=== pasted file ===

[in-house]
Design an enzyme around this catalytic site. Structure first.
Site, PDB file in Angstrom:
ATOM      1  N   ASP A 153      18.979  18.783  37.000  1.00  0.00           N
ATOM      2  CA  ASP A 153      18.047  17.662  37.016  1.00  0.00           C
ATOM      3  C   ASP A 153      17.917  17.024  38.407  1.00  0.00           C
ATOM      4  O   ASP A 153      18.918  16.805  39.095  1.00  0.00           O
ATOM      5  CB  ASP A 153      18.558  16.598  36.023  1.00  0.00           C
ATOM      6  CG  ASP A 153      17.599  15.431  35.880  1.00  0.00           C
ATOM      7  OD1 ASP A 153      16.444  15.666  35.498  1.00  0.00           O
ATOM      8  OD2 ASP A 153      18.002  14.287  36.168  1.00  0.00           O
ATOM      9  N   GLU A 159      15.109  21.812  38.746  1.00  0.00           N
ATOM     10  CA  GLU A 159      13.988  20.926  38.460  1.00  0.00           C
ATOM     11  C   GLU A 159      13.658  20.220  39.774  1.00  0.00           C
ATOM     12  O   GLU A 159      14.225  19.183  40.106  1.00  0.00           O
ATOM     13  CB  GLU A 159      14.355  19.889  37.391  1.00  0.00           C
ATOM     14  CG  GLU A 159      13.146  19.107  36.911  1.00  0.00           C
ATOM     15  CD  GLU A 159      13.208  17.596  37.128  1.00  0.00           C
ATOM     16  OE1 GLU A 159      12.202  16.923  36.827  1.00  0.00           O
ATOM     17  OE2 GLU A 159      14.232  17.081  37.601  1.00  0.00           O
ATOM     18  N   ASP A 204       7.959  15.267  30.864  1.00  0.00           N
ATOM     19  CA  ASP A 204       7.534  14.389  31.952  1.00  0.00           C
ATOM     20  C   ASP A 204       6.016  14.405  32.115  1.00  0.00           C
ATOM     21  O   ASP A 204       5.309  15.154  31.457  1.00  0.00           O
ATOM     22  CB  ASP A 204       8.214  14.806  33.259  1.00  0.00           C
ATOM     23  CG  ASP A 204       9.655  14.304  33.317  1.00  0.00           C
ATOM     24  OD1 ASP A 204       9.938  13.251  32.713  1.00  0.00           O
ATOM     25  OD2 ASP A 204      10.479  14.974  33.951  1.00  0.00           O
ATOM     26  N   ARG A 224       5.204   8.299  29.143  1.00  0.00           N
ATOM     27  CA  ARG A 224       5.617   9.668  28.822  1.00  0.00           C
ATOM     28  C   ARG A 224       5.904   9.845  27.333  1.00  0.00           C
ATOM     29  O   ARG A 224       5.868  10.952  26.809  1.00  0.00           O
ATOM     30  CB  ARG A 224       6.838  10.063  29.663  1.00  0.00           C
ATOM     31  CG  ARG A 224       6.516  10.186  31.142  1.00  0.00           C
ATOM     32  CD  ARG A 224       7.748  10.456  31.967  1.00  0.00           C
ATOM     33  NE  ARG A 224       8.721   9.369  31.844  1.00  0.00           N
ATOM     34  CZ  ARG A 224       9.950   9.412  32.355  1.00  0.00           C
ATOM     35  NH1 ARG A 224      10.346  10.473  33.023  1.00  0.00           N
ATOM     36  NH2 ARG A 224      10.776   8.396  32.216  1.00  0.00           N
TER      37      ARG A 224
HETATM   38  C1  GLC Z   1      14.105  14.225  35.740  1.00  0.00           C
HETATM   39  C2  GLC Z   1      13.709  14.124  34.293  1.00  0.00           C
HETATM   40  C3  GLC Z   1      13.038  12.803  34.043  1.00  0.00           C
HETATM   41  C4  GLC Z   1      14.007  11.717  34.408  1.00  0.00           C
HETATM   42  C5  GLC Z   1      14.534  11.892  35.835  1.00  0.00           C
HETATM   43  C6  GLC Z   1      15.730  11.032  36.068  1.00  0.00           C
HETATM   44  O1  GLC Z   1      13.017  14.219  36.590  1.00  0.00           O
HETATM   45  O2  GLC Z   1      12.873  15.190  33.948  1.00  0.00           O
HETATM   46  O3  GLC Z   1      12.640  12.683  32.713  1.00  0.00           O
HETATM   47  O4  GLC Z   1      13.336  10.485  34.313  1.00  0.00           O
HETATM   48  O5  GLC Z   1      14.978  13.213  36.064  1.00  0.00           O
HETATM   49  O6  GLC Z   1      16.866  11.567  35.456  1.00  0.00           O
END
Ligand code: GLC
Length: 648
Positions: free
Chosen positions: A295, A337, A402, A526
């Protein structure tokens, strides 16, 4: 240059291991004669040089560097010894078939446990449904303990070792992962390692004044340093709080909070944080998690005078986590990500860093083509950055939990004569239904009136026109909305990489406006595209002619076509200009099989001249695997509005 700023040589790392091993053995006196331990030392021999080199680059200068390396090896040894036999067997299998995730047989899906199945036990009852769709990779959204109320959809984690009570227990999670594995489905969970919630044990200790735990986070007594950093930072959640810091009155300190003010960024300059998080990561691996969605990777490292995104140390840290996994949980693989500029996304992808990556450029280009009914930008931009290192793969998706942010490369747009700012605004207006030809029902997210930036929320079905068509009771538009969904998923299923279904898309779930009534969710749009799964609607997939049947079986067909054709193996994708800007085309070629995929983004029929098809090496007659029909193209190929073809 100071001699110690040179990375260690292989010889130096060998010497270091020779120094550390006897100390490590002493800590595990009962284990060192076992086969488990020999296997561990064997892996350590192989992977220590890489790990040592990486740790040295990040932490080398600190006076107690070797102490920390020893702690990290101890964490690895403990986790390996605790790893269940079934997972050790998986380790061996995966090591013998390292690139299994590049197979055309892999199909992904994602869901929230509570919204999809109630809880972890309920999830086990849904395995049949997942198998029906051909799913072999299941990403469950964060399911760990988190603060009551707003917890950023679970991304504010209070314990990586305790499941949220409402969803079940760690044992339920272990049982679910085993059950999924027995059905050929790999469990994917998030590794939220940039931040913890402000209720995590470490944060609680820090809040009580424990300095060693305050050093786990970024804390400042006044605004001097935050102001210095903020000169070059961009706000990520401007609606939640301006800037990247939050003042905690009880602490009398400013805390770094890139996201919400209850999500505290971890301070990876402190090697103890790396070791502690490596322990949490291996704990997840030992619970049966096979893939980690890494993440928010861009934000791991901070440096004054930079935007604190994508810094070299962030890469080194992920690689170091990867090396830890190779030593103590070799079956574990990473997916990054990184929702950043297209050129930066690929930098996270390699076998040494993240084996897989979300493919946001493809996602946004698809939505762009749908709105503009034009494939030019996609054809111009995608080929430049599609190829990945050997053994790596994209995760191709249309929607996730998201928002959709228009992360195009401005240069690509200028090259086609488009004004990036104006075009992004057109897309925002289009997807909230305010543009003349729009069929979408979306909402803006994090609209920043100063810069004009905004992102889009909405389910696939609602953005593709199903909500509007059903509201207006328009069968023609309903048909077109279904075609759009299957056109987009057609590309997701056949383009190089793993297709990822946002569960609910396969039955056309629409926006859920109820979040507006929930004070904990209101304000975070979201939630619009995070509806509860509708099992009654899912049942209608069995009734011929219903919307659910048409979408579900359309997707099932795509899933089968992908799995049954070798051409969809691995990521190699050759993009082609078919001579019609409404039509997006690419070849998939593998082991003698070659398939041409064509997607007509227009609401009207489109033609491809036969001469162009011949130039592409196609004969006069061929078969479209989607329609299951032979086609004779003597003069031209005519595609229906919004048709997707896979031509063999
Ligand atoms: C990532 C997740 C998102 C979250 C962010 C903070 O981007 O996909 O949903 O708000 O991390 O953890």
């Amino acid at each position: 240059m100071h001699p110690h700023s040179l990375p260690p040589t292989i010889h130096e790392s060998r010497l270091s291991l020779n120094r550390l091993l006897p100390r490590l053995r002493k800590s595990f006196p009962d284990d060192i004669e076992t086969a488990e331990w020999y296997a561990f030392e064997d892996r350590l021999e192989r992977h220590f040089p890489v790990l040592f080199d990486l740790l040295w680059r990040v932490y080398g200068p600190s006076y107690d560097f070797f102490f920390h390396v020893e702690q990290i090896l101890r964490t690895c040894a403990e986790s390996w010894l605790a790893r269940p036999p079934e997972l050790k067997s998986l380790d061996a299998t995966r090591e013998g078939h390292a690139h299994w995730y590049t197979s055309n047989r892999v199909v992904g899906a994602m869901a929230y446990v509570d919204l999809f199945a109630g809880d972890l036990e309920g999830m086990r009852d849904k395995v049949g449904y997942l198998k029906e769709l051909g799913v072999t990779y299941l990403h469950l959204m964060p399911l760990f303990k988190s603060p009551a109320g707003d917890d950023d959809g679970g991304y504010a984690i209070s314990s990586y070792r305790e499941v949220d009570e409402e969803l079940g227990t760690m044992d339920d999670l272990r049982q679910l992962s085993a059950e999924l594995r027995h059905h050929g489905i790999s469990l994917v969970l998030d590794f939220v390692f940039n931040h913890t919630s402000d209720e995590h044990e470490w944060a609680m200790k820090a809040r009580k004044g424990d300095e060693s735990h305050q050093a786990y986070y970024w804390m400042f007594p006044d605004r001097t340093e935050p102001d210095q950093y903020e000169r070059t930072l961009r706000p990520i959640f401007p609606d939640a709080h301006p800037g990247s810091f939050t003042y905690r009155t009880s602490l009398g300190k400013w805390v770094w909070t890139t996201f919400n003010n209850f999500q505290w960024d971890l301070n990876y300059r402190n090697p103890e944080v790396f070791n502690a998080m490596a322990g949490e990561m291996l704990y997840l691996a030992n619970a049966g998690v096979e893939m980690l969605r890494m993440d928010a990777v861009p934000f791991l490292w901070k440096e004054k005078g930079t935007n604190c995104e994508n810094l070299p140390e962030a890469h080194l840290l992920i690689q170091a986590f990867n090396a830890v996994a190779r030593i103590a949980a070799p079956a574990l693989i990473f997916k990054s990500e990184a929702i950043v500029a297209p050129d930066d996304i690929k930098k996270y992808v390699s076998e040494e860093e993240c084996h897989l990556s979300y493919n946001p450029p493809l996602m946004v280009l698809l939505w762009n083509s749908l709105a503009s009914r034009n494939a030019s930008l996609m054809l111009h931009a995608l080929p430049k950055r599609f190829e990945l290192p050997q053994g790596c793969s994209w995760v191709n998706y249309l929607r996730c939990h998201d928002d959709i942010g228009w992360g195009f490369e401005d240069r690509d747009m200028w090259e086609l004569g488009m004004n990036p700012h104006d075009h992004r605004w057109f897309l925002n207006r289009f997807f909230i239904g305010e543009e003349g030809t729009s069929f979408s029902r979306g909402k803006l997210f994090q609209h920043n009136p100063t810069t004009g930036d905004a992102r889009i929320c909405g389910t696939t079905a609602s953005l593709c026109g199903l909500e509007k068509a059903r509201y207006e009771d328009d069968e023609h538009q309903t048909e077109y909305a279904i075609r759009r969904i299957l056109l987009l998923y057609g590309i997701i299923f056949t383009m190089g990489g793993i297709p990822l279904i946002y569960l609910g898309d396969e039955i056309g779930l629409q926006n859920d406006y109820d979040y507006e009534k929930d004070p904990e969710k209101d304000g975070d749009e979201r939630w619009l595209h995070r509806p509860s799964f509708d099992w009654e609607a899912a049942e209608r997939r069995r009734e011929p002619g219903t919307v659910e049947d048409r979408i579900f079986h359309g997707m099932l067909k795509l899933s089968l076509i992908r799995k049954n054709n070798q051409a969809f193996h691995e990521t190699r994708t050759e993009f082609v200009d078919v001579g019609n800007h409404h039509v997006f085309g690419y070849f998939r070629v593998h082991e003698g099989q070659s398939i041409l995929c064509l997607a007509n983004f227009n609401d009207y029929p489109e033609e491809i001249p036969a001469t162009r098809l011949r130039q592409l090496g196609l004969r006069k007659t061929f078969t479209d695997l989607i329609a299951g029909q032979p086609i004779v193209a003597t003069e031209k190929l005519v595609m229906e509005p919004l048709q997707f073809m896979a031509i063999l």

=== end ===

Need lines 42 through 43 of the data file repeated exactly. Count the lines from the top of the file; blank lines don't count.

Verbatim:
HETATM   39  C2  GLC Z   1      13.709  14.124  34.293  1.00  0.00           C
HETATM   40  C3  GLC Z   1      13.038  12.803  34.043  1.00  0.00           C